“Mesoanalysis: An Important Scale in the Analysis of Weather Data.” U.S. Department of Commerce, Weather Bureau, Research Paper 39 (1956).

“Recent Studies in Mesometeorology.” Journal of the Meteorological Society of Japan, 75th Anniversary Volume (1957): 256–261.

“A Detailed Analysis of the Fargo Tornadoes of June 20, 1957.” University of Chicago, Department of Meteorology, Severe Local Storms Project, Technical Report no. 5, U.S. Weather Bureau (1959).

“Tornadoes and Downbursts in the Context of Generalized Planetary Scales.” Journal of Atmospheric Science 38 (1978): 1511–1534.

“The Downburst: Mircroburst and Macroburst.” SMRP Research Paper 210, University of Chicago (1985).

Memoirs of an Effort to Unlock the Mysteries of Severe Storms. Chicago: Wind Research Laboratory, University of Chicago, 1992.


Cox, John D. Storm Watchers. Hoboken, NJ: John Wiley & Sons, 2002.

Forbes, Greg, and Roger Wakimoto. “Tetsuya Theodore Fujita: Meteorological Detective and Illustrator.” Available from

Fujita, Kazuya. “Tetsuya Theodore Fujita (1920–1998): Biographic Notes.” Produced for the Weather Classroom at University of California, Los Angeles; available from The author is the son of Tetsuya Fujita.

Fujita, Kazuya, James W. Partacz, Duane J. Steigler, and Robert F. Abbey Jr. A Bibliography of the Publications and Research Reports of Tetsuya T. Fujita (1920–1998). SMRP Research Paper 252. University of Chicago (2000).

McDonald, James R. “Theodore Fujita: His Contribution to Tornado Knowledge through Damage Documentation and the Fujita Scale.” Bulletin of the American Meteorological Society 82, no. 1 (2001): 63–72.

Menzel, W. Paul. “Cloud Tracking with Satellite Imagery: From the Pioneering Work of Ted Fujita to the Present.” Bulletin of the American Meteorological Society 82, no. 1 (2001): 3347.

Snow, John T., and Theresa A. Leyton. “Reflections on Ted Fujita: The Relevance of His Many Contributions to Today’s Wind Science.” Invited Keynote address, 11th International Conference of Wind Engineering, Lubbock, Texas, 3 June 2003.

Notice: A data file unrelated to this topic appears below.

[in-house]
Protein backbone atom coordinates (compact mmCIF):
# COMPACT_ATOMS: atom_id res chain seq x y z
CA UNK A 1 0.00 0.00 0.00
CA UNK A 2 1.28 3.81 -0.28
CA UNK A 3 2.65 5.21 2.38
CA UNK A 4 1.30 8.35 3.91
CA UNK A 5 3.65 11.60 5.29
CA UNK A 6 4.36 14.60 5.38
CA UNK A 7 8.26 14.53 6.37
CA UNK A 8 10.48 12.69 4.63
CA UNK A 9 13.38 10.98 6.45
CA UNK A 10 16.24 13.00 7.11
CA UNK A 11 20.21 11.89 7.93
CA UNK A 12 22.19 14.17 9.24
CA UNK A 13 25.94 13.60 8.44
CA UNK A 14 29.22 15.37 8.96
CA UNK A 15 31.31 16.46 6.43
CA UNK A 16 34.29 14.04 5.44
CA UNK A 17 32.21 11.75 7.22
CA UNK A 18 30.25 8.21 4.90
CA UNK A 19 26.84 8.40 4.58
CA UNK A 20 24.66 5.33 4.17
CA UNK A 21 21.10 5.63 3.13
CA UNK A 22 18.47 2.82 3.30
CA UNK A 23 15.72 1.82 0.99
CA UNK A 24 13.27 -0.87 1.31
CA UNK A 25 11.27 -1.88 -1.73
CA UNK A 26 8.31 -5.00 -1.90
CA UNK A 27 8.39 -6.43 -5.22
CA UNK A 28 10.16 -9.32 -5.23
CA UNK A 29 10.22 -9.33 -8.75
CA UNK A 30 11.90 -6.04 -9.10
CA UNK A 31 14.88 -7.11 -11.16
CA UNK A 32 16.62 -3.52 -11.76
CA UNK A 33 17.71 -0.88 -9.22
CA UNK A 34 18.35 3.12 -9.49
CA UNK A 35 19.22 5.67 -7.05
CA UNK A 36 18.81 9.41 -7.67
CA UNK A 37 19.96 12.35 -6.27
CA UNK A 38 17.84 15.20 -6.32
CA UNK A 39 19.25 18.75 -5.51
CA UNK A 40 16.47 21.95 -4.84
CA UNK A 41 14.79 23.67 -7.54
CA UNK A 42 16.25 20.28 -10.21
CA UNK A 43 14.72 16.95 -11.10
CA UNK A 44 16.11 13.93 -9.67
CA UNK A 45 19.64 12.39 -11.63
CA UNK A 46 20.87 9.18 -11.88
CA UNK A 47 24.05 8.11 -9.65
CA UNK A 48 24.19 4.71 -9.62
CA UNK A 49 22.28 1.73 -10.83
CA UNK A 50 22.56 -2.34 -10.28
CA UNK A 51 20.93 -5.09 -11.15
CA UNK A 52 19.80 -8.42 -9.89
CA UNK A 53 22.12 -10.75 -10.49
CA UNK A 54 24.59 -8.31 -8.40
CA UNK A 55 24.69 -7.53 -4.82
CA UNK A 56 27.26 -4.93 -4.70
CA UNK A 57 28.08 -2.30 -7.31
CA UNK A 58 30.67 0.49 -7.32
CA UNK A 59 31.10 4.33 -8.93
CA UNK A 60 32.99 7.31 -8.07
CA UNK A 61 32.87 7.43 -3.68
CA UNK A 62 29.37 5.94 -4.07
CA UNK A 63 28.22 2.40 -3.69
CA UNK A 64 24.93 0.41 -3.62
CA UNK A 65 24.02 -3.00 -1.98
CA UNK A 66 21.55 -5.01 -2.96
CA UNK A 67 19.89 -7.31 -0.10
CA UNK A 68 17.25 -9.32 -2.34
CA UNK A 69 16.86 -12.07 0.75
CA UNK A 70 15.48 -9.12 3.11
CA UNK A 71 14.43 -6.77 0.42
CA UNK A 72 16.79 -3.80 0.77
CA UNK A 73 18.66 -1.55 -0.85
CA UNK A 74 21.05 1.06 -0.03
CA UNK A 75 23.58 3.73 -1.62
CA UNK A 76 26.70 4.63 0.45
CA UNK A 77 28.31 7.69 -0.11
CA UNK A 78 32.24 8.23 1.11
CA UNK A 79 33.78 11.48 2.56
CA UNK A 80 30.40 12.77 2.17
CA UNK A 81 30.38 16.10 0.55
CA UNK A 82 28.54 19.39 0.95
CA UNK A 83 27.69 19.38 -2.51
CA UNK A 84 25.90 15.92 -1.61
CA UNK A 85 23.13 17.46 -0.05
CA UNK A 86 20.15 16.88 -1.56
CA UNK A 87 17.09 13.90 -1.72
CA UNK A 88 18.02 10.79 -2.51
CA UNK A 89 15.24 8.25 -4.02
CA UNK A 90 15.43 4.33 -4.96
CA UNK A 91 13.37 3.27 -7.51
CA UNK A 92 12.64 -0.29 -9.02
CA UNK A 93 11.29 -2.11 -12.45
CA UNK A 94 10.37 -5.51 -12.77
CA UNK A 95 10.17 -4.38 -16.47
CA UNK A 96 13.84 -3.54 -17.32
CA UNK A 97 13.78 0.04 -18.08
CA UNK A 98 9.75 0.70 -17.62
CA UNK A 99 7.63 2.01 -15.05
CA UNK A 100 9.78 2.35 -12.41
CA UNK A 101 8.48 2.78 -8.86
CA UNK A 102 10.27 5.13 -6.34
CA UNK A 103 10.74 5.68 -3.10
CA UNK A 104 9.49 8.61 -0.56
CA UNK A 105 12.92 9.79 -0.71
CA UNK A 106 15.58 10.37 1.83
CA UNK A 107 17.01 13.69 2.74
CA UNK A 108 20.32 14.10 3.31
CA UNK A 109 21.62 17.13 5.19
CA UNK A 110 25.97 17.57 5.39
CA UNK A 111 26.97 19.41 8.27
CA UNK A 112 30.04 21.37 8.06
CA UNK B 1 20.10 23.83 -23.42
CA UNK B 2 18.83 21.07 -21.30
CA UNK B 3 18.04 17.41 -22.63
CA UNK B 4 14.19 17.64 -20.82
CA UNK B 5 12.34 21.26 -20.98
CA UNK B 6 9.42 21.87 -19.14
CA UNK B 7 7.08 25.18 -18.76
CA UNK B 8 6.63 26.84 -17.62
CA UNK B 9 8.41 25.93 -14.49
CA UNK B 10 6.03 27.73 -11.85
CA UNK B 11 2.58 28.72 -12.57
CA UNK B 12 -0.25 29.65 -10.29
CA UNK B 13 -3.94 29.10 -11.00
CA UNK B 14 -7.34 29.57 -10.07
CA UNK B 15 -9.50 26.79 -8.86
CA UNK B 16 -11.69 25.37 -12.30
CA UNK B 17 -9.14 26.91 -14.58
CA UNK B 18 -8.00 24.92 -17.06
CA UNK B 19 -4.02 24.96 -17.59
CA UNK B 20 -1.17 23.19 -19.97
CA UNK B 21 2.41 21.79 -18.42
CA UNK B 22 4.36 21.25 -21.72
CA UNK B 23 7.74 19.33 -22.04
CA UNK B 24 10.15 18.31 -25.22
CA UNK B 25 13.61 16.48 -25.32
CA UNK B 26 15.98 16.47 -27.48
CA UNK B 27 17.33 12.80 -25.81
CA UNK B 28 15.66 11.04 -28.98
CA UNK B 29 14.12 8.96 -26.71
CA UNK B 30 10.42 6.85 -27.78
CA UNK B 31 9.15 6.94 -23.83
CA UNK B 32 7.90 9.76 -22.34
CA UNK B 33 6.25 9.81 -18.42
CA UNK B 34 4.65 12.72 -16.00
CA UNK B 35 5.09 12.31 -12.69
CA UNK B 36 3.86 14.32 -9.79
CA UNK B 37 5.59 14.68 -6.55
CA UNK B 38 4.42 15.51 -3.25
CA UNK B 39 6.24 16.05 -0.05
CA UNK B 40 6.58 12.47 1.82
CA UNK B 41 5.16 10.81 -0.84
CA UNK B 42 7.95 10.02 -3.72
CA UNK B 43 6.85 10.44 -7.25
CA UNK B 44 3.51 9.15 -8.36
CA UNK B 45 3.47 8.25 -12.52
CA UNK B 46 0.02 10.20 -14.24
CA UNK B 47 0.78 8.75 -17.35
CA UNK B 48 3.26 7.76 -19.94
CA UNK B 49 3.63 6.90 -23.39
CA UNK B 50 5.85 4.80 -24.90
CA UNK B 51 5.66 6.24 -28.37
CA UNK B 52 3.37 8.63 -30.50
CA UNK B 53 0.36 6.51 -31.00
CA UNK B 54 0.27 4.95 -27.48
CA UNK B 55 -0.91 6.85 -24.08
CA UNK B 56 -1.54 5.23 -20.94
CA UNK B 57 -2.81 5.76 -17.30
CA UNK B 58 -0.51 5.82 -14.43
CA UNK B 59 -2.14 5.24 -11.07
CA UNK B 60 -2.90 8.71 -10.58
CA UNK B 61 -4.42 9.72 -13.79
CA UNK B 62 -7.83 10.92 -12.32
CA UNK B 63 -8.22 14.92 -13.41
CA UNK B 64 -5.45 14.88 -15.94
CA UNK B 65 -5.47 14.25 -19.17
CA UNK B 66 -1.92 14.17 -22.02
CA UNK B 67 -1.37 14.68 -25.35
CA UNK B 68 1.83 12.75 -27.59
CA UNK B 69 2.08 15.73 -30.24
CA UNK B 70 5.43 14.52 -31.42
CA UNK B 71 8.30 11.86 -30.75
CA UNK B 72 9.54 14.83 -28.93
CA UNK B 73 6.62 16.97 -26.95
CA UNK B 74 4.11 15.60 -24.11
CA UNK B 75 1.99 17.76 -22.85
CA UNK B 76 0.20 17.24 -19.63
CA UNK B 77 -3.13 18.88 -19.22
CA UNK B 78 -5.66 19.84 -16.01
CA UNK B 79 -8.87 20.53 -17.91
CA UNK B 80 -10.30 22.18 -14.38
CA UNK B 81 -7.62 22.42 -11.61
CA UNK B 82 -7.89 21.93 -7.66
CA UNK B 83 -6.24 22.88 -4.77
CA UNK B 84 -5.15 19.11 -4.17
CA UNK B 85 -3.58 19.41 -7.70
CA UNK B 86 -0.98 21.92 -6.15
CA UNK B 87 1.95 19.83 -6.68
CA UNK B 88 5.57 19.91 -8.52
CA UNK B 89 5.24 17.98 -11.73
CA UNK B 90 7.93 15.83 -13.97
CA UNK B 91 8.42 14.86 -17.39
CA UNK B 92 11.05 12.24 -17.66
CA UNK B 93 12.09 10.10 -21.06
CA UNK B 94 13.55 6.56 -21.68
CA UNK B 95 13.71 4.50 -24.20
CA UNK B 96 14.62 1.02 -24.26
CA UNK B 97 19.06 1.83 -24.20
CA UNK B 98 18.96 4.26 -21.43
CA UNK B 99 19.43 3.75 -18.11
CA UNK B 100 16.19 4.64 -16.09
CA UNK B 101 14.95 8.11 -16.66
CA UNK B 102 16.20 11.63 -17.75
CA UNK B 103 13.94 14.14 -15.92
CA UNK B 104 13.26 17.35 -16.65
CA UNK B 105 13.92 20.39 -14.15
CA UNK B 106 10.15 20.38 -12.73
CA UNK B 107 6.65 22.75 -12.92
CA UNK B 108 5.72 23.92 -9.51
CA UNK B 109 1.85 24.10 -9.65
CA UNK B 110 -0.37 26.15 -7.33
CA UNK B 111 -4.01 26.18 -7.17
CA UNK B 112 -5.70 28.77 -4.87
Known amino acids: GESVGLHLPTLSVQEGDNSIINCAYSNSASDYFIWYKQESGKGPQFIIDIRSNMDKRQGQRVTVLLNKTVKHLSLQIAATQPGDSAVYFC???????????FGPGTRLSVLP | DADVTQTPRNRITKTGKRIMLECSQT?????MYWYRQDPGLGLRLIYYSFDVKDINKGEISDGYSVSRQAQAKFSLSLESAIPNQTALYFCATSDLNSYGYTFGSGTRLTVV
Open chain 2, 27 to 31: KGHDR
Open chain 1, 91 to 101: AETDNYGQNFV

Wakimoto, Roger. “A Tribute to the Works of T. Theodore Fujita.” Bulletin of the American Meteorological Society 82, no. 1 (2001): 911.

Sepideh Yalda

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Fujita, Tetsuya Theodore (1920-1998)

Fujita, Tetsuya Theodore (1920-1998)

Japanese-born American meteorologist

In 1974, Theodore Fujita became the first scientist to identify microburst wind shear , a particularly intense and isolated form of wind shear later blamed for several devastating airline accidents in the 1980s. The development of Doppler radar allowed Fujita to track and explain the microburst phenomenon, which is now far better understood and avoided by aviators. Fujita also lent his name to the "F Scale" he developed to measure the strength of tornadoes by analyzing the damage they cause on the ground.

Fujita was born in Kitakyushu City, Japan, to Tomojiro, a schoolteacher, and Yoshie (Kanesue) Fujita. Fujita showed an early aptitude for science and obtained the equivalent of a bachelor's degree in mechanical engineering from the Meji College of Technology in 1943. It was while he was working as an assistant professor of physics at Meji that U.S. forces dropped the atom bomb on the Japanese cities of Hiroshima and Nagasaki. Fujita visited the ruins three weeks after the bombings. By measuring the scorch marks on bamboo vases in a cemetery in Nagasaki, Fujita was able to show that only one bomb had been dropped. Surveying the damage in Hiroshima, Fujita calculated how high above the ground the bombs had exploded in order to create their unique starburst patterns, which would become important to his later work.

Leaving Meji College in 1949, Fujita became an assistant professor at Kyushu Institute of Technology while pursuing his Ph.D. in atmospheric science at Tokyo University. Like others involved in atmospheric science, he had read the published articles of Horace R. Byers of the University of Chicago, who had conducted groundbreaking research on thunderstorms in 1946 and 1947. Fujita translated two of his own articles on the same subject into English and sent them to Byers. Byers was impressed with Fujita's work and the two men began a correspondence. In 1953, the year Fujita received his doctorate, Byers extended an invitation to the Japanese scientist to work at the University of Chicago as a visiting research associate.

Fujita worked at the University as a senior meteorologist until 1962, when he became an associate professor. For two years beginning in 1961, he was the director of the Mesometeorological Research Project, and in 1964, Fujita became the director of the Satellite and Mesometeorology Research Project. Fujita was made a full professor in 1965, and held the Charles E. Merriam Distinguished Service Professorship on an active basis and on an emeritus basis. He became a naturalized U.S. citizen in 1968, and adopted the first name Theodore for use in the United States. He married Sumiko Yamamo in June, 1969, and has a son from his first marriage.